At its winter 2013 BOD retreat meeting, the ABEM BOD participated in a strategic planning session that led to a new mission statement for ABEM, “To ensure the highest standards in the specialty of Emergency Medicine.”
In May 2013, the Board of Directors of the ACGME approved allowing emergency physicians to formally enter Surgical Critical Care (SCC) fellowships, thus providing a pathway for EM diplomates to train for and take the SCC subspecialty certification examination. Certification in SCC is through the American Board of Surgery (ABS).
The first certification examination in EMS took place in October 2013. Because some physicians were unable to schedule to take the examination at an agreeable location or date, an additional administration was scheduled for March 2014. The first EMS LLSA reading list was posted in July 2013, and the first test was posted in June 2014.
The first certification examination in Clinical Informatics, which is open to diplomates of all ABMS Member Boards, took place in the fall of 2013, and 44 ABEM diplomates took the exam.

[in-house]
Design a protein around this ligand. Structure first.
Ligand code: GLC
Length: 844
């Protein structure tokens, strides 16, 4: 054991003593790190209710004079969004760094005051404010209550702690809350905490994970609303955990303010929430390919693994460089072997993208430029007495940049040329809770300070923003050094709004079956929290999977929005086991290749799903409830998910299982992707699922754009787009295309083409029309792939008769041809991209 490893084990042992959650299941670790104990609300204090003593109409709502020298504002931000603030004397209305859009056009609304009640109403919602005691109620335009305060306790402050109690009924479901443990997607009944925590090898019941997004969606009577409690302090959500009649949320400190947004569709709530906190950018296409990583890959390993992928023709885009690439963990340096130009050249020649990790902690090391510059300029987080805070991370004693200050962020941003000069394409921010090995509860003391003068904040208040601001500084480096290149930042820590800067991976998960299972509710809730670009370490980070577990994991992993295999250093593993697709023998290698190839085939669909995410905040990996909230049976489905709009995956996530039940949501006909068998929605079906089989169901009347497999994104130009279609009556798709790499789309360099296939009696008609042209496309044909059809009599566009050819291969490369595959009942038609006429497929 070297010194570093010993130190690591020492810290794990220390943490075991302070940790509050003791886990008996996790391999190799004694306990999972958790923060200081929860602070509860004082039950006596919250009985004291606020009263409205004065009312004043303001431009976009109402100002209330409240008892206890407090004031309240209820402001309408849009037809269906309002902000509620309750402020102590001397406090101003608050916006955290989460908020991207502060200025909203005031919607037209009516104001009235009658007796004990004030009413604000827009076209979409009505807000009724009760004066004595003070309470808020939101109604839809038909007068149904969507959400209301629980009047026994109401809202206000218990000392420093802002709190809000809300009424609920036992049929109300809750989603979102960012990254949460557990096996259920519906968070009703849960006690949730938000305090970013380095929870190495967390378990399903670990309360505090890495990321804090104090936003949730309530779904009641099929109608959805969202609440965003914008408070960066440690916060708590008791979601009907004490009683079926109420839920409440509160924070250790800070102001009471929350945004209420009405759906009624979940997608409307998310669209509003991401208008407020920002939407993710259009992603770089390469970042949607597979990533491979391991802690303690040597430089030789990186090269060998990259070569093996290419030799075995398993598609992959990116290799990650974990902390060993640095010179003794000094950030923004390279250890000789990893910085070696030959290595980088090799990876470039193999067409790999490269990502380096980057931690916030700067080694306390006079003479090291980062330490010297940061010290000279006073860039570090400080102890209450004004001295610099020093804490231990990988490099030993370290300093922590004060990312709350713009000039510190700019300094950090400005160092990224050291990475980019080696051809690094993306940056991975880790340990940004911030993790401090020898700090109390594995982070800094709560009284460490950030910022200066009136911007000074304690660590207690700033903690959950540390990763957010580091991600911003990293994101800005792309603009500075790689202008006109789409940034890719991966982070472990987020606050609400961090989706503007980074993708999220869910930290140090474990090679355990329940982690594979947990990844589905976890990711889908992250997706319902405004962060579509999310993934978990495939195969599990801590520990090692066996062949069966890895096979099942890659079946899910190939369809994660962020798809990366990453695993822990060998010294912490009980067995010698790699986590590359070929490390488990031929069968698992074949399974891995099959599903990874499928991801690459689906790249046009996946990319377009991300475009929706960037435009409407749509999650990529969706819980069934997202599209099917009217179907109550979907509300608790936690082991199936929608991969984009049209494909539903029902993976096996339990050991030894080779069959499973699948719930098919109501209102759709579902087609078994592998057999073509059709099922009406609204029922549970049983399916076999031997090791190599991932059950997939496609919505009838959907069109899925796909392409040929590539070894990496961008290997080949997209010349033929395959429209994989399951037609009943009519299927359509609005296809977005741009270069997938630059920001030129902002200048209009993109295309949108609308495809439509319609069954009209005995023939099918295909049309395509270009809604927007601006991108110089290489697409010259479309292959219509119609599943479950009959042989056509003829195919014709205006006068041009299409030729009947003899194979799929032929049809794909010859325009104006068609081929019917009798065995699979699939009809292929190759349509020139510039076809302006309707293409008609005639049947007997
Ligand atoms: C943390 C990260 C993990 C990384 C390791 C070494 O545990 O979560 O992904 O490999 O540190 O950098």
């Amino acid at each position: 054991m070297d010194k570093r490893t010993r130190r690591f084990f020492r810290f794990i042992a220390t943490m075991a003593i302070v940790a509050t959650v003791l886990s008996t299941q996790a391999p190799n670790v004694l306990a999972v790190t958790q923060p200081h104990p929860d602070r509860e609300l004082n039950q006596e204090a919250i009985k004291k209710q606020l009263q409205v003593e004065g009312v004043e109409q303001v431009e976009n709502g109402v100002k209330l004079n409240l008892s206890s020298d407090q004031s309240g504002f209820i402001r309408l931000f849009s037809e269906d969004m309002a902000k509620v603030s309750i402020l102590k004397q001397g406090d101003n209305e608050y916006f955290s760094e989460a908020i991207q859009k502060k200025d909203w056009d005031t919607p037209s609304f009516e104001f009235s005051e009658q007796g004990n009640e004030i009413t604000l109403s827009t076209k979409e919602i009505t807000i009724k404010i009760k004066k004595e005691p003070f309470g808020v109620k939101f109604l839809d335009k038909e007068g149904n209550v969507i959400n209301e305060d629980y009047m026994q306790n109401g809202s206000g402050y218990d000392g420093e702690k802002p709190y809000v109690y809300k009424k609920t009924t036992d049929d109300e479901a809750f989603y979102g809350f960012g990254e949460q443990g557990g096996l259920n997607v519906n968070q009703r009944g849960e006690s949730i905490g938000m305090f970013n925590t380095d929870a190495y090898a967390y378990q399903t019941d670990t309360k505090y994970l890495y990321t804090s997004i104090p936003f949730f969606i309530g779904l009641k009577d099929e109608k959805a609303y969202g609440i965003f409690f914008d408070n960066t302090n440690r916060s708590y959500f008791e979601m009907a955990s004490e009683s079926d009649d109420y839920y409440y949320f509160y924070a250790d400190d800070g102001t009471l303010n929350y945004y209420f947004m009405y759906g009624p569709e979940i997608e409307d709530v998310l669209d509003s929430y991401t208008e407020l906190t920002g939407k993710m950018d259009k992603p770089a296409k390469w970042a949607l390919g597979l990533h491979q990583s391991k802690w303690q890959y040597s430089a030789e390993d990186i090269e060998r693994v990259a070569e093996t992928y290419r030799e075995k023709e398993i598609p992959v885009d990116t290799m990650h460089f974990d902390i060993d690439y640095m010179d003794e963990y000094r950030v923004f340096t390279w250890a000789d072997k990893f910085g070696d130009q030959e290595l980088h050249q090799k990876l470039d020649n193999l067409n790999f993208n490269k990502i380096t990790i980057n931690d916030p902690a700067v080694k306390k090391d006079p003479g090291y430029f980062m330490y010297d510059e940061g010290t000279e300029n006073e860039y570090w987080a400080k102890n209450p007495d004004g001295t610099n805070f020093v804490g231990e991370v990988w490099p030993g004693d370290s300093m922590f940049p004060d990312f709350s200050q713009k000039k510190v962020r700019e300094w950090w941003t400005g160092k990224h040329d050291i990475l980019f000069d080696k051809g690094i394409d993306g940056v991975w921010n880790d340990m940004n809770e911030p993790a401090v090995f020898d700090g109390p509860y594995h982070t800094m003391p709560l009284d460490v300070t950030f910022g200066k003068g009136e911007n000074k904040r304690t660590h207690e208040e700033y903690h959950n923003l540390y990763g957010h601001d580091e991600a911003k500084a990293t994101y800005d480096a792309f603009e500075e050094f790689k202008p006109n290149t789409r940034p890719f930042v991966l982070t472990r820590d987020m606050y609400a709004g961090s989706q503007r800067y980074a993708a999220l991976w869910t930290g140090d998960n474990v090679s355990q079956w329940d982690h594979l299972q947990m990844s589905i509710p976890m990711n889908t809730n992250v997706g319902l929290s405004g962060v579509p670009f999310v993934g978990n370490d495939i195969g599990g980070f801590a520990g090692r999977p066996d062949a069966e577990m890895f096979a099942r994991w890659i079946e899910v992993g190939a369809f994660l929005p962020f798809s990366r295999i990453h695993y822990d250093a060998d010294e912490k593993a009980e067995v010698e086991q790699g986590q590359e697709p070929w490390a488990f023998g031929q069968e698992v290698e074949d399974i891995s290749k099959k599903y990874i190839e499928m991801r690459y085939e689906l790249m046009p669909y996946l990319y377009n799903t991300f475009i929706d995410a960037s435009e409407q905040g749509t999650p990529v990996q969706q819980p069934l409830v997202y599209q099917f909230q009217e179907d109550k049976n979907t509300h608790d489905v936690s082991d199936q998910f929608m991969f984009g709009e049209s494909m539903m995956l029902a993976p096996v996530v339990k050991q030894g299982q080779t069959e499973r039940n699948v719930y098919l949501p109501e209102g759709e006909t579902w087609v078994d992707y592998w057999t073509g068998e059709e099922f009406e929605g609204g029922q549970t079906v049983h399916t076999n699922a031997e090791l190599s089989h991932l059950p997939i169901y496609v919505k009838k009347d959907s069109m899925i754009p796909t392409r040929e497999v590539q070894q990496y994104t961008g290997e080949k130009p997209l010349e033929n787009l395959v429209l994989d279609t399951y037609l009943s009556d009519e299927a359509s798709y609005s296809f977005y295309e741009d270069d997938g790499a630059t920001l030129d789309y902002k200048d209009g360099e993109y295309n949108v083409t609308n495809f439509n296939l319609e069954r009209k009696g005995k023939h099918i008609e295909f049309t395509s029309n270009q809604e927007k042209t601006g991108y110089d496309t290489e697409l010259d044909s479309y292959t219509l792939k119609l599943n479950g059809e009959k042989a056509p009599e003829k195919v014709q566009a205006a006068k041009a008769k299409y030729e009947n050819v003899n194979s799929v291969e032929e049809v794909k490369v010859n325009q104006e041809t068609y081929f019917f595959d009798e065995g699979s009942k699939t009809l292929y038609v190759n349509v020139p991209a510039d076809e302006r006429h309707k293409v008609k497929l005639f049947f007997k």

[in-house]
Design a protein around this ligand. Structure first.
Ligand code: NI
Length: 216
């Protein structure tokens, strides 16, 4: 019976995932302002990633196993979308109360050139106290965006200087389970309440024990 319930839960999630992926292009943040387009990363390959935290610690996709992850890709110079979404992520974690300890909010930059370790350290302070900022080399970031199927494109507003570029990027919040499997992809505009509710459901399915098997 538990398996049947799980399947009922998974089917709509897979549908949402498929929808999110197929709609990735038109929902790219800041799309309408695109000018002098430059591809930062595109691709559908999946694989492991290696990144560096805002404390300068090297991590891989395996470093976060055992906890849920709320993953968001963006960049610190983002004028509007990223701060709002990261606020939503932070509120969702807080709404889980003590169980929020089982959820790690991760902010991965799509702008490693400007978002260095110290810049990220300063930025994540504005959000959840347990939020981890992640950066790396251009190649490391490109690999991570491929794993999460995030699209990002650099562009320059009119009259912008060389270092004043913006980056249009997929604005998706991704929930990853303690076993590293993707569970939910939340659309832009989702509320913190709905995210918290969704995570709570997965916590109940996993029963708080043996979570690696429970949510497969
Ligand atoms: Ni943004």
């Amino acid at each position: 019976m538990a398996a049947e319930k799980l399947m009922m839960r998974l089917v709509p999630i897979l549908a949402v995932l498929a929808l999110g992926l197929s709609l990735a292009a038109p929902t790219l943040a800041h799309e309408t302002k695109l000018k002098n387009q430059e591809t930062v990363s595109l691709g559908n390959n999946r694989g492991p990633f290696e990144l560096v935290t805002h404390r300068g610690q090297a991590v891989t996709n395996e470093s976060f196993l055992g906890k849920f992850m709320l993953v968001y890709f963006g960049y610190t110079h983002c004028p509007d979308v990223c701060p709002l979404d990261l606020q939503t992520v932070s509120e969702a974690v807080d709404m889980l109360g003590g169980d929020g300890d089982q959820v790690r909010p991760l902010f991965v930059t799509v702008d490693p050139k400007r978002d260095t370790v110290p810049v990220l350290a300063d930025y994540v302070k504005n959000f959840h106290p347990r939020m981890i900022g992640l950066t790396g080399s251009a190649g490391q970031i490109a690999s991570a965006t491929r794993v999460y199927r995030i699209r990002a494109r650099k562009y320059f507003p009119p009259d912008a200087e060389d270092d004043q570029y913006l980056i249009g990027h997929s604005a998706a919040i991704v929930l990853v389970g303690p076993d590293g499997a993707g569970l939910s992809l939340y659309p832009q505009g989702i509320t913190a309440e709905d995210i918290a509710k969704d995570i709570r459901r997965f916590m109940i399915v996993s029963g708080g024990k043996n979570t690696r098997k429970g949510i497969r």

Subspecialty certification in Pain Medicine, which had been open to diplomates of any ABMS Member Board, will be soon available only to diplomates of a co-sponsoring board. In April, 2014, ABEM was approved by the ABMS to become a co-sponsor, thus allowing ABEM diplomates to continue to have access to the examination.
In spring 2014, ABEM launched a Patient Safety LLSA, jointly developed by ABEM and ACEP. The activity, which has an optional CME activity, will be required during the first five years of certification, counts toward the LLSA test requirement, and can be used toward fulfilling the Part II CME requirement, including the self-assessment credit requirement.
In September 2014, ABEM marked the 35th anniversary of Emergency Medicine’s recognition as a medical specialty.
In the fall of 2014, ABEM recognized physicians who had marked 30 or more years of being ABEM–board certified in Emergency Medicine with a special certificate. Over 950 diplomates had accomplished the milestone, and their names were included in the fall issue of the ABEM Memo, and posted on the ABEM website. Certificates will be awarded annually to diplomates who achieve the milestone.
In October 2014, ABEM convened a summit of representatives from AACEM, AAEM, AAEM Resident Student Association, ACEP, CORD, EMRA, RRC-EM, and SAEM to critically review the ABEM MOC Program. One purpose of the Summit was to provide current information about the ABEM MOC Program to the EM community, and solicit ways in which the program might be improved.